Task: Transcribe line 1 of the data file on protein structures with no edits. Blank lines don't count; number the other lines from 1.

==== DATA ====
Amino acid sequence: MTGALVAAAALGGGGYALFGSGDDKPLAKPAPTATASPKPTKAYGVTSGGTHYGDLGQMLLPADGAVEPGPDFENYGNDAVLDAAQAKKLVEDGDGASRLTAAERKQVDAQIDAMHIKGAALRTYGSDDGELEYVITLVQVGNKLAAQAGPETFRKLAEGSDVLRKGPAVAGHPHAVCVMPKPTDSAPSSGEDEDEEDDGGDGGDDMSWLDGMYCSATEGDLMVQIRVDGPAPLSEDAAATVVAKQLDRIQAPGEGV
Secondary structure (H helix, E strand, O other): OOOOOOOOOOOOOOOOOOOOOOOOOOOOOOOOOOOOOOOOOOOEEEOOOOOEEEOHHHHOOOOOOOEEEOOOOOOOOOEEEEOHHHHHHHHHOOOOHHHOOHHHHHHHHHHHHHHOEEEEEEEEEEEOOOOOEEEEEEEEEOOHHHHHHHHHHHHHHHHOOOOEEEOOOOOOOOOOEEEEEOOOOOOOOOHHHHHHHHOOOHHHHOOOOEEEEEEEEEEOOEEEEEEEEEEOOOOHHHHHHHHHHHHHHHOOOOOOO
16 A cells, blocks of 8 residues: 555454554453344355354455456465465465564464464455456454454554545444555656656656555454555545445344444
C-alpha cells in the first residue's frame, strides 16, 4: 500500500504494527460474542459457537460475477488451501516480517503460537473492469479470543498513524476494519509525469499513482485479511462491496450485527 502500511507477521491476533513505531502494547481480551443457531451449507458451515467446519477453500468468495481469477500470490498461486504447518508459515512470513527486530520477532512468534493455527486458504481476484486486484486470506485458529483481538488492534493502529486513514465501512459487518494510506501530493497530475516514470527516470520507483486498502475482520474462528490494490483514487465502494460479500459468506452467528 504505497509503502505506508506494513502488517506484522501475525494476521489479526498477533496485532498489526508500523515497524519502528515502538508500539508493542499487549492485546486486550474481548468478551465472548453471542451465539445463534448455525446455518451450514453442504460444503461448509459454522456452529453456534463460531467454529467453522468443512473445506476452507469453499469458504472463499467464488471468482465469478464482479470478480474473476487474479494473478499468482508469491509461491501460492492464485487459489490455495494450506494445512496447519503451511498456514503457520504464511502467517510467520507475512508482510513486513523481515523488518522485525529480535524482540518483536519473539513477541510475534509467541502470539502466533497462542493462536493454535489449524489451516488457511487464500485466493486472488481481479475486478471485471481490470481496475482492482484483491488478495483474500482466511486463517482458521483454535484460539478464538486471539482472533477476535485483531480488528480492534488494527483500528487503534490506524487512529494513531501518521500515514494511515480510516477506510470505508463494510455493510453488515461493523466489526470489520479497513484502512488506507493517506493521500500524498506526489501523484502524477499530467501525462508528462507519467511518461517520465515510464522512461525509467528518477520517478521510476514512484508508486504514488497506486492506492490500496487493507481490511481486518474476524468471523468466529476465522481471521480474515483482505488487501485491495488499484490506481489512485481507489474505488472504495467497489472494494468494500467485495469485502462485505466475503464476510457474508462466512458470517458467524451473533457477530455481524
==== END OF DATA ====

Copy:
Amino acid sequence: MTGALVAAAALGGGGYALFGSGDDKPLAKPAPTATASPKPTKAYGVTSGGTHYGDLGQMLLPADGAVEPGPDFENYGNDAVLDAAQAKKLVEDGDGASRLTAAERKQVDAQIDAMHIKGAALRTYGSDDGELEYVITLVQVGNKLAAQAGPETFRKLAEGSDVLRKGPAVAGHPHAVCVMPKPTDSAPSSGEDEDEEDDGGDGGDDMSWLDGMYCSATEGDLMVQIRVDGPAPLSEDAAATVVAKQLDRIQAPGEGV